How to Hunt Fall Turkeys from a Blind

By author of Turkey Blog with Steve Hickoff

Some thoughts on staking out a spot for autumn flocks

Some of us love to fall turkey hunt by running and gunning birds, scattering flocks, then setting up for the call-back, as gregarious birds regroup and offer better shots at single turkeys. It’s a fair-chase tradition for many.

But for other autumn turkey hunters, a leisurely long sit might be in order. If so, this one is for you. Deciding where to claim your setup location can make all the difference.

Blind views can include brood hens contesting territorial dominance. It's also a great way to gauge your local turkey hatch. Image by Michael Tatman/Shutterstock

Setup Sense

You can’t call a turkey to where it doesn’t want to go.

In early fall, there’s a window of hunting opportunity (seasons providing) when autumn turkeys are spending time hitting nearby fields for insects. This bugging frenzy seems to last until the first heavy frosts, even longer sometimes. Your setup should be somewhere between the turkey roost and where birds feed.

Your blind location can be based on two conditions: You know where turkeys roost and have patterned where they walk. Your calling position can also be made at the scatter site.

[Sit Still: Realtree Timber XL Swivel Blind Chair]

There’s an old hunting adage that scattered fall gobblers might return in a day or two. In my experience, it can happen faster. I’ve seen separated gobbler flocks start working back to the setup in under an hour. Either way you go, to make clucks and yelps, effective fighting purrs (imitations of turkeys contesting pecking order), and sounds to lure birds in that aren’t calls (such as leaf scratching), be in a position where turkeys will hear you.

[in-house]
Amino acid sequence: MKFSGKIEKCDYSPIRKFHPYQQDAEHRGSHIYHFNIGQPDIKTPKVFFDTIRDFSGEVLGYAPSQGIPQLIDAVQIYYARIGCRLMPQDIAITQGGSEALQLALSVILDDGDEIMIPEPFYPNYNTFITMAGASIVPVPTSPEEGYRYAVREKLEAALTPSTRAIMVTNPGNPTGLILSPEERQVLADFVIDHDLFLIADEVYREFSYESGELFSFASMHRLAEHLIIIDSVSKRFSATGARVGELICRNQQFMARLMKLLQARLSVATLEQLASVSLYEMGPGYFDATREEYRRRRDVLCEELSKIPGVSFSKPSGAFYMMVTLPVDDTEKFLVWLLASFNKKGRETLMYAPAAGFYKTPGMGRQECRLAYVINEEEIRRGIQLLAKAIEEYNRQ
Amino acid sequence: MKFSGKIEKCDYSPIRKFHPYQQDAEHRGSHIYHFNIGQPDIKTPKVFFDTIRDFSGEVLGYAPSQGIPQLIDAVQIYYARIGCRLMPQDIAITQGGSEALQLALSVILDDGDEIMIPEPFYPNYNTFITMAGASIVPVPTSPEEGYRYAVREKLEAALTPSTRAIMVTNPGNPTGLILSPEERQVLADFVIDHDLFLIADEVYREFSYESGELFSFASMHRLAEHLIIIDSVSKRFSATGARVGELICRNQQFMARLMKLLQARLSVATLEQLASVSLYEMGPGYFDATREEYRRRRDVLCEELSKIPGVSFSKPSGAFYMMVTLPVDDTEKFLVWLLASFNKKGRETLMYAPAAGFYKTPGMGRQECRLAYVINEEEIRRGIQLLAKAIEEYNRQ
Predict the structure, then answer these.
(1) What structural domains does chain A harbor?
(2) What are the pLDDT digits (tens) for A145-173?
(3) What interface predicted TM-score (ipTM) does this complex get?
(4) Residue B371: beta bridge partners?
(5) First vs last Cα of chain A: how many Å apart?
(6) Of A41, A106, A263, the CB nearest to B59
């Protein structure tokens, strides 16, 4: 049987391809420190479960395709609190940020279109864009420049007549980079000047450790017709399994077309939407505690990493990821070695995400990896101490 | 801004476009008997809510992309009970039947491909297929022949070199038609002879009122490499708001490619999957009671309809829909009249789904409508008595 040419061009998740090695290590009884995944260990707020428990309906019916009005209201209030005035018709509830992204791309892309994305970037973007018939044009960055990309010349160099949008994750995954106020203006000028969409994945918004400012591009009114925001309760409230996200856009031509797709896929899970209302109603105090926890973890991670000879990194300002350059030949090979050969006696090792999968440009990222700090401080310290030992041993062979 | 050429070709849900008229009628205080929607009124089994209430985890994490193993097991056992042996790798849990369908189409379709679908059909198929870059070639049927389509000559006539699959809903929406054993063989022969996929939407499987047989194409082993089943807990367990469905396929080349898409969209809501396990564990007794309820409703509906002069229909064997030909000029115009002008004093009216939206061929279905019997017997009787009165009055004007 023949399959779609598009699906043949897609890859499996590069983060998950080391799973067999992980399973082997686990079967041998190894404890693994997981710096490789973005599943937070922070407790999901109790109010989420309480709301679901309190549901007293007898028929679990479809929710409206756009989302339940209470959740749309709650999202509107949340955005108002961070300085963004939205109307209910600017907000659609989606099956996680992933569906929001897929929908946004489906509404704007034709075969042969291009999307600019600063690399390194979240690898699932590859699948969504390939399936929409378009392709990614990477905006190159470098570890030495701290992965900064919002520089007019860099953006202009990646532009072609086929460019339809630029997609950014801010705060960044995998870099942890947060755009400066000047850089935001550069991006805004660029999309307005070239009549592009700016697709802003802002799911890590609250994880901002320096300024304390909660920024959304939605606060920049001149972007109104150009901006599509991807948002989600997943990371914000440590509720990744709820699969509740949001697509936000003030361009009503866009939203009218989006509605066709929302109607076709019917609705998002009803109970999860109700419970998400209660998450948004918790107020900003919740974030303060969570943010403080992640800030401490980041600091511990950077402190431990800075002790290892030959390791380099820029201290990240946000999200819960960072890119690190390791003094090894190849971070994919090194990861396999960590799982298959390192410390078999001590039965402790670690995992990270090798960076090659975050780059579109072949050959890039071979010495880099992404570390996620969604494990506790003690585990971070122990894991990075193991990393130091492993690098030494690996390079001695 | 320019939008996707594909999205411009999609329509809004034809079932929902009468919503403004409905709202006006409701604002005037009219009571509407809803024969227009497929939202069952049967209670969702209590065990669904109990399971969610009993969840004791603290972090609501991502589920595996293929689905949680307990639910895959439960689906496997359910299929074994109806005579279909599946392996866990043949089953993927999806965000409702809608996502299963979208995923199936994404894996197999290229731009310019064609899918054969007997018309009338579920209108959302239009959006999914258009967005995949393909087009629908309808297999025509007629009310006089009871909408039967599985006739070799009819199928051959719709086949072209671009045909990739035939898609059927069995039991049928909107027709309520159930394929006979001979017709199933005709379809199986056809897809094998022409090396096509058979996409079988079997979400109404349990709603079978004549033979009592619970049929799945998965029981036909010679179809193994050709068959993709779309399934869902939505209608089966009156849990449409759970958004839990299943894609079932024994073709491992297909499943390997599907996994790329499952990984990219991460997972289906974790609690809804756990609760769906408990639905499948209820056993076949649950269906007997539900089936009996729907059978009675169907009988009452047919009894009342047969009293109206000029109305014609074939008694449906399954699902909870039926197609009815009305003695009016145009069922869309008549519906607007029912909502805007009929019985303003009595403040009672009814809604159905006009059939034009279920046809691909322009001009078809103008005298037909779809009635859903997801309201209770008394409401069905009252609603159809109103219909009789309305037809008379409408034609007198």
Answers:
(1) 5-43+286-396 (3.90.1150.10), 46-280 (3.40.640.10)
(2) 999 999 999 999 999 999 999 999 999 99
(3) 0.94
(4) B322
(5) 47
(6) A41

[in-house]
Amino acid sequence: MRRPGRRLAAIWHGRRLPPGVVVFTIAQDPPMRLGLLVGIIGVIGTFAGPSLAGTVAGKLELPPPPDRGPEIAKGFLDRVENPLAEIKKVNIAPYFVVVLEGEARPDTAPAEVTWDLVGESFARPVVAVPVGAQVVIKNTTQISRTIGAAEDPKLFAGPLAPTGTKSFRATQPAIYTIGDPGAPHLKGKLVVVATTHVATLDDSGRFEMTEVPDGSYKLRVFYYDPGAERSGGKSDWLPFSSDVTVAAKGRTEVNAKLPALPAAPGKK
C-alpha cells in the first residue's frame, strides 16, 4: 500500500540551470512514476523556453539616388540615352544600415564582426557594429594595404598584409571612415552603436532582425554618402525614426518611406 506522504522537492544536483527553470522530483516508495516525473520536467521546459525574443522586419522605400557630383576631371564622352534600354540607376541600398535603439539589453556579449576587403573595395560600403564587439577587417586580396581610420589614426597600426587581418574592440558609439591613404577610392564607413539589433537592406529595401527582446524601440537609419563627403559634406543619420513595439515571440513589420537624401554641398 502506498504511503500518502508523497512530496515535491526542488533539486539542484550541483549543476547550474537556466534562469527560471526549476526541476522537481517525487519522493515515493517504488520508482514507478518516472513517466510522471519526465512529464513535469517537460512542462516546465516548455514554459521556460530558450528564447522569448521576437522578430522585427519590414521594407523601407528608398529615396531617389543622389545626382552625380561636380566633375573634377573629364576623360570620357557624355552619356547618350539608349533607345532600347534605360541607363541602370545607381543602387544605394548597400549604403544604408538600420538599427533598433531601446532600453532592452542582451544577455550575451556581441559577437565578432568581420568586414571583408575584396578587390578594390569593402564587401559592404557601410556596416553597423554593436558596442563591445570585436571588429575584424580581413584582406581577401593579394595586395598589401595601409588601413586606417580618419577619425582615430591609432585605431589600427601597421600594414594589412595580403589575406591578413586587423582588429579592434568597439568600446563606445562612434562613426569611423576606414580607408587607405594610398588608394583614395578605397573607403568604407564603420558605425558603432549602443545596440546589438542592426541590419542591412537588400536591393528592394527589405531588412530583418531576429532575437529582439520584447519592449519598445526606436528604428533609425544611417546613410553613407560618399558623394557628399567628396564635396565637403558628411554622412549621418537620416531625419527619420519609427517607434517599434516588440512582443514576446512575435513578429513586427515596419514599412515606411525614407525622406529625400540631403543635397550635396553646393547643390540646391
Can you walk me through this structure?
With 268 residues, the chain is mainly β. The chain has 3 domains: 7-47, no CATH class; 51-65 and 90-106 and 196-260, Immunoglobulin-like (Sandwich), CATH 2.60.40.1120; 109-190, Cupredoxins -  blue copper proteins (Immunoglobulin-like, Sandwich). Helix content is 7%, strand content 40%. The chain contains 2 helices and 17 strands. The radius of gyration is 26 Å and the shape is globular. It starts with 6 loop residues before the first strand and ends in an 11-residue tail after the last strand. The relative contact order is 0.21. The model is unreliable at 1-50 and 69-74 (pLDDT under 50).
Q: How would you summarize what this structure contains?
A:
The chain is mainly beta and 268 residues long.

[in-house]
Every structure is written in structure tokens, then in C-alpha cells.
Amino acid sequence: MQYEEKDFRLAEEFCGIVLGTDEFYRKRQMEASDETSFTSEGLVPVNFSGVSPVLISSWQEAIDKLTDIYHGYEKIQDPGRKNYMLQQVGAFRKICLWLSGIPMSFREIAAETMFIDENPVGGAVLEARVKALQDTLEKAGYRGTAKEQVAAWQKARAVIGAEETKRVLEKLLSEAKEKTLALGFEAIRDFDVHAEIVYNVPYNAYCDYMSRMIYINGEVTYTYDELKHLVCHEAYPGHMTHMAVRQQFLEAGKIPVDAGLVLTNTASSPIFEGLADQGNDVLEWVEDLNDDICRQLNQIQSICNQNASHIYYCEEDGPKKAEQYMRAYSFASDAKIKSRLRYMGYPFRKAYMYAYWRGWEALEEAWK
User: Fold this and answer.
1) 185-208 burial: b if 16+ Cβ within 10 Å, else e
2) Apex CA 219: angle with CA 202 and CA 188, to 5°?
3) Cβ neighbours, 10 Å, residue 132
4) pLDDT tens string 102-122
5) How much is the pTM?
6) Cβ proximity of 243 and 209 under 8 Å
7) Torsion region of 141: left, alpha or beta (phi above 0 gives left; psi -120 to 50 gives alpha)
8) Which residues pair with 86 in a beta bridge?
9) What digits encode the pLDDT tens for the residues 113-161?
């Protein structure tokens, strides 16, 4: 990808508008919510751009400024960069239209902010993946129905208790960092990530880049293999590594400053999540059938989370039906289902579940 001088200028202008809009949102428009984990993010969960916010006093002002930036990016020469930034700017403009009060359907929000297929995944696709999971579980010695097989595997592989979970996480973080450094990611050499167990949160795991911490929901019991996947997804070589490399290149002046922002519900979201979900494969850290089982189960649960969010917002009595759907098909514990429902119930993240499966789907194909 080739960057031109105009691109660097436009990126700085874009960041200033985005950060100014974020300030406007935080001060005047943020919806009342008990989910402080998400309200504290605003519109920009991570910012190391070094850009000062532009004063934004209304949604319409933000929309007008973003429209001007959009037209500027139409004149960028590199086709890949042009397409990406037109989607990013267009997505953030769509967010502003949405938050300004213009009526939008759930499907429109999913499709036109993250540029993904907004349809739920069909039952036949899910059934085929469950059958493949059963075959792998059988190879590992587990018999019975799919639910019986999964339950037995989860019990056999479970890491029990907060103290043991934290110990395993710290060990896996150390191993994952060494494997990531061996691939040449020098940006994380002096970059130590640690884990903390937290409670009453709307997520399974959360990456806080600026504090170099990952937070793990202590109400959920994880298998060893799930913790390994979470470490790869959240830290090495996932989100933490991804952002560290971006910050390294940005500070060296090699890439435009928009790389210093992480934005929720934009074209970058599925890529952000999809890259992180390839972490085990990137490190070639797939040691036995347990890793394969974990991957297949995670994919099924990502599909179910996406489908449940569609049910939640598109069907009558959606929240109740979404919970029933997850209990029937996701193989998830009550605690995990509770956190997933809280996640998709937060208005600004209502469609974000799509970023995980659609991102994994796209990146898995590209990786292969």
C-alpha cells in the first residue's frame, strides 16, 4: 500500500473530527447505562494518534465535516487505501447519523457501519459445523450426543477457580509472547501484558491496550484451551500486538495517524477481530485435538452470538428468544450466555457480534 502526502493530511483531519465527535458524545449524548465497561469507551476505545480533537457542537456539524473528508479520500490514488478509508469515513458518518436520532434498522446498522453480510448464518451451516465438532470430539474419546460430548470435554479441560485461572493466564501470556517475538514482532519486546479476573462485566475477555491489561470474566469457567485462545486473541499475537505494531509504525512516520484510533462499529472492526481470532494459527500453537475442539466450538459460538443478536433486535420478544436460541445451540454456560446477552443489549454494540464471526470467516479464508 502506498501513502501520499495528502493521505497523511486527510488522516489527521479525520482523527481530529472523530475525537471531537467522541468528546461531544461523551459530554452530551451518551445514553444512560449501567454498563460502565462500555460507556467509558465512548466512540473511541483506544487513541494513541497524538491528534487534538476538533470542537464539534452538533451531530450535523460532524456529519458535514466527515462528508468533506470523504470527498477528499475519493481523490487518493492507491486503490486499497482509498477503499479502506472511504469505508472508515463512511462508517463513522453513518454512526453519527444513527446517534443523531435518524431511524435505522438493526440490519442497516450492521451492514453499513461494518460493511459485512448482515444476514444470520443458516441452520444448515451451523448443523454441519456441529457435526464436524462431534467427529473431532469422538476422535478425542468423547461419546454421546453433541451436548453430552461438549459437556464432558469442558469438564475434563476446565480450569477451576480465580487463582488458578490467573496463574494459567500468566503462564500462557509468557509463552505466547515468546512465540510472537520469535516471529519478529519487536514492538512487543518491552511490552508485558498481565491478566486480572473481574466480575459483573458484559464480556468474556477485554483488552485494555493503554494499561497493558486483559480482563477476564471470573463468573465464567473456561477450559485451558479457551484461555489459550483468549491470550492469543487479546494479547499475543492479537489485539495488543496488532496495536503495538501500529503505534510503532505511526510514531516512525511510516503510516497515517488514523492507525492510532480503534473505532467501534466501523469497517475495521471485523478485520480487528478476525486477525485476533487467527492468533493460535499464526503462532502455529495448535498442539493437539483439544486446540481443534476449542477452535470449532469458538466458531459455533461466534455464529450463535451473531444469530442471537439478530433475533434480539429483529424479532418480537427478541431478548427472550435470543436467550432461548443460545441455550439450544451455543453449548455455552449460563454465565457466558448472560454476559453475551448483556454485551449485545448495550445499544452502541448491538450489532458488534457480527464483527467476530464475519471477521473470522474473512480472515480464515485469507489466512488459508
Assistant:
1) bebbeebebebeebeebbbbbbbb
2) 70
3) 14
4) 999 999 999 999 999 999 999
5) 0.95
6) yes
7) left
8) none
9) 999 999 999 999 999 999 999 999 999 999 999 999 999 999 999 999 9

Sometimes this involves knowing exactly where fall gobblers will fly down. To score this information, you can spend time in the woods watching them fly up to roost, ideally the night before you hunt them.

Setup Tip: You’ve got to make your setup where turkeys can approach your position naturally. Try to sit down along predictable routes of turkey travel. This might be in a pinch point between a roost and a farmer’s field. It might be along a game trail, near a water source, or right where you found an abundance of flock activity. A good bit of turkey hunting is imagining what the bird will do. Pick a setup position you’d come to if you were a fall gobbler.

Destination Decoy

Using turkey fakes is a tricky subject in fall. Either-sex turkey hunts dominate autumn seasons, and having a decoy at your position — especially hyper-realistic profiles — might not be the safest option. Still, staking out some decoys in front of your blind in a reliable private-land situation might be just fine.

Setup Tip: When using any turkey decoy, placement rules. This tactic might work if you want a fall gobbler or gobblers to see evidence of a turkey at the other end of your fighting purrs. Put it where those gobblers will fly down. Add excited cutting (aka fast clucking/yelping), gobbles, and leaf scratching for realism. Use turkey fakes sparingly, if at all, and with a heavy dose of caution.

Archery hunts for fall turkeys often coincide with bowhunting deer seasons. Image by Realtree

[Double Up: Hunt Fall Turkeys During Deer Season]

Final Blind Thoughts

  • When sharing the blind, keep the whispered conversation light and fun. Don’t rant or vent. Politics, job worries, family concerns don’t have a place in the blind. Sure, these things matter, but remember, you’re also spending some blind time trying to get away from life’s challenges. Enjoy it.
  • Don’t wear all your camo apparel as you walk in. Carry some in a backpack, then slip on a jacket once you settle in the blind. Sweaty base layers can chill you fast.  
  • Stake out territory in the blind — your shooting lane; and mine. Think about your hunting buddy’s best view and yours. Are you both right-handed? Is one of you left-handed? It matters as shooting goes.
  • Always help haul your share of the gear in and out. There’s nothing worse than a perfectly fit hunting buddy who watches you lug the portable blind and fold-up chairs. Don’t be that person.
  • If you’ve got a first-time turkey hunter with you, offer them the first shot.
  • Read the autumn woods by listening and watching to see what calls you need to make, when you need to make these, and where your vocalizations might work. Real fall turkeys can teach you plenty.

[Hit the Road: Fall Turkey Hunting on Public Land]

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